Legislator calls for DUI checkpoints. Even though the Washington Supreme Court finds such checkpoints too invasive upon citizens, this particular legislator wants to overlook that and put it to a vote. Essentially every time a legislator wants to make a name for his or herself, they promote a hot topic issue which has already been decided. It is the squeaky wheel gets the oil mentality. Basically they say to their constituents, "I will carry on about an issue until I get my way despite the constitutional precedent." Here is an excerpt from King5.com reporting on the issue:
Last week, a Port Orchard man was arrested for drunk driving for the 13th time. It's a shocking case for many of us, but not for state Representative Roger Goodman. While he says this case is an example of the extreme, he believes the state needs to do a much better job tracking repeat drunk drivers and pushing for tougher drunk driving laws. The Democrat from Kirkland pushed hard last session to increase penalties and toughen the state's drunk driving laws. Goodman plans to continue that when the Legislature gets together in January. One of the proposals he will be introducing is the creation of sobriety checkpoints. They would require every driver to stop and be checked for alcohol, "To set up a system in known corridors, mostly on Friday and Saturday nights, we would have law enforcement pulling people over." Right now, these checkpoints aren't allowed under the Washington Constitution. "Our courts in Washington have prohibited these sobriety checkpoints where law enforcement would pull over law abiding people as well drunk drivers," said Goodman. "That's considered too much of an invasion of privacy."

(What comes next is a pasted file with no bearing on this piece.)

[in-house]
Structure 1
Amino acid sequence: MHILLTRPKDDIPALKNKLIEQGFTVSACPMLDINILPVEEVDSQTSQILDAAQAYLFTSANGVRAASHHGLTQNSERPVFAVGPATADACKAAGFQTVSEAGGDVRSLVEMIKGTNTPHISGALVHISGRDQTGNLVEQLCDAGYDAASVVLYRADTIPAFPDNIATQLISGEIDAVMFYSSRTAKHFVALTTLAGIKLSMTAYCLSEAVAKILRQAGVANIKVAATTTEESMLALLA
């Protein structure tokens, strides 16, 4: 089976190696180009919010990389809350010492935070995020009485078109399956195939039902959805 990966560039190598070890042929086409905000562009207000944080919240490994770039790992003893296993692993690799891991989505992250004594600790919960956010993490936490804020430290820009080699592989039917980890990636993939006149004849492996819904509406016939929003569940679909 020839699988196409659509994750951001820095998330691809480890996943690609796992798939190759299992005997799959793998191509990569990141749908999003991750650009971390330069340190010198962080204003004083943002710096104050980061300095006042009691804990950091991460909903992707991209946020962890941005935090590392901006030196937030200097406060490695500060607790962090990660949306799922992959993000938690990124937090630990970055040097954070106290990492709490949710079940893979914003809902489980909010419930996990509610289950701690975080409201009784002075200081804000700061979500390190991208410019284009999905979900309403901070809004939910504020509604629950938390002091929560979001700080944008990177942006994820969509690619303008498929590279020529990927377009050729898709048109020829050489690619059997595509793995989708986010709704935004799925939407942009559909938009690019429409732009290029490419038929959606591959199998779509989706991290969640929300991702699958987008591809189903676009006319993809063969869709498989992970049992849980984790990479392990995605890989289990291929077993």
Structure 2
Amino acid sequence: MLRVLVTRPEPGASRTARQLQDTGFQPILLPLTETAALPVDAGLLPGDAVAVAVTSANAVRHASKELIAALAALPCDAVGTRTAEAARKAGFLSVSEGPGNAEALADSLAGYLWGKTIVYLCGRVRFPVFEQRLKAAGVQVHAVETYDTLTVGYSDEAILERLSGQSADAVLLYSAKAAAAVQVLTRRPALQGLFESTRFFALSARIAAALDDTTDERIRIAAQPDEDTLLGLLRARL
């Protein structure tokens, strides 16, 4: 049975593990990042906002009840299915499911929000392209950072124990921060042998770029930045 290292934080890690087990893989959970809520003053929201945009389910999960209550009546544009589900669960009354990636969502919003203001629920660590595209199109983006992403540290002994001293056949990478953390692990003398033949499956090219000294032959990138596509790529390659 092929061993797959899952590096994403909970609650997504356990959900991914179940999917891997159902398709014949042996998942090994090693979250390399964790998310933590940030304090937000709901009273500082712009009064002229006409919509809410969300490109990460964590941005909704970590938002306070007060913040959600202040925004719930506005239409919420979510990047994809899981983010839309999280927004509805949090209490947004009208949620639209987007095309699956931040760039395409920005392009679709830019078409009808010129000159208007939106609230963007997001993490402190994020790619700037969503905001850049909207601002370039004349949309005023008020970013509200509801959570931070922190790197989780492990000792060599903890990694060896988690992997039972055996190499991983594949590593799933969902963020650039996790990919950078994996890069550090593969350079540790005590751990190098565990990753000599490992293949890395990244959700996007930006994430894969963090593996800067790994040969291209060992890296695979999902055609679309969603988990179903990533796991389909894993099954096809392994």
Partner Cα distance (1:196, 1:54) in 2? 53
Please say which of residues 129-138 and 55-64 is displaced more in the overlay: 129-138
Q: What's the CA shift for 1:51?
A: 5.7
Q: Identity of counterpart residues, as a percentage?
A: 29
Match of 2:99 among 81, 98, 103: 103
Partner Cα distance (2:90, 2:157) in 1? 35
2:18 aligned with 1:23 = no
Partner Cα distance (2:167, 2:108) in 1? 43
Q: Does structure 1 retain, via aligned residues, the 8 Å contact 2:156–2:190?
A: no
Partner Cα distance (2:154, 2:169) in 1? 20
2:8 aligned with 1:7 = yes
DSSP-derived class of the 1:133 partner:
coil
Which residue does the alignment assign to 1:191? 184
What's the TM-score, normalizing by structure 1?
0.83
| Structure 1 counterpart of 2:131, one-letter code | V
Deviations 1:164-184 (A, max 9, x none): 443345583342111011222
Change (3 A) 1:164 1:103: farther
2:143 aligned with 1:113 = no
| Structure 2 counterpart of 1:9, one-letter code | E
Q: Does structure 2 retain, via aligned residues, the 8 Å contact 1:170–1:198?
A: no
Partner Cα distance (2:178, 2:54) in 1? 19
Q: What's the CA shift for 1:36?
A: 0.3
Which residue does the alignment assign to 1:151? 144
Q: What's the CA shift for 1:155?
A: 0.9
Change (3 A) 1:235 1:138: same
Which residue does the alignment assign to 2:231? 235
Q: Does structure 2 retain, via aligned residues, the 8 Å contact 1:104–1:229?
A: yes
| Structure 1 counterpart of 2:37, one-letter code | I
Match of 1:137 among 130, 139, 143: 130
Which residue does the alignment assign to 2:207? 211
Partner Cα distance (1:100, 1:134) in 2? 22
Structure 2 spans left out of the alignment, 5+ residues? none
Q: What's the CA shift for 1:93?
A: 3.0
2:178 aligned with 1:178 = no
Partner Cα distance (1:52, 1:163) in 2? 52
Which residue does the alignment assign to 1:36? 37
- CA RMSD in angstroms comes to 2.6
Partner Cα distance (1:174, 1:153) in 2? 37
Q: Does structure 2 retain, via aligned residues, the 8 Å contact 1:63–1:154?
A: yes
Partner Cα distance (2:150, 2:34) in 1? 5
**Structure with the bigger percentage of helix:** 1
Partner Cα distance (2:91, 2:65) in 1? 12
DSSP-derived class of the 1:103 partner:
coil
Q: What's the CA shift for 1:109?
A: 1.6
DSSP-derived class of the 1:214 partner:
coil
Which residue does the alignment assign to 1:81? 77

Now all you have to do is a search engine inquiry for "Washington DUI checkpoints" to see that legislators always promote something like this in an attempt to further their career. The Washington Supreme Court has already ruled on this issue and bringing it up over and again is not how you "get your way," it is a juvenile tactic. Don't get me wrong, I don't condone impaired driving, but DUI checkpoints invade an individual's privacy and there is no study which relates DUI checkpoints to reduction of DUIs.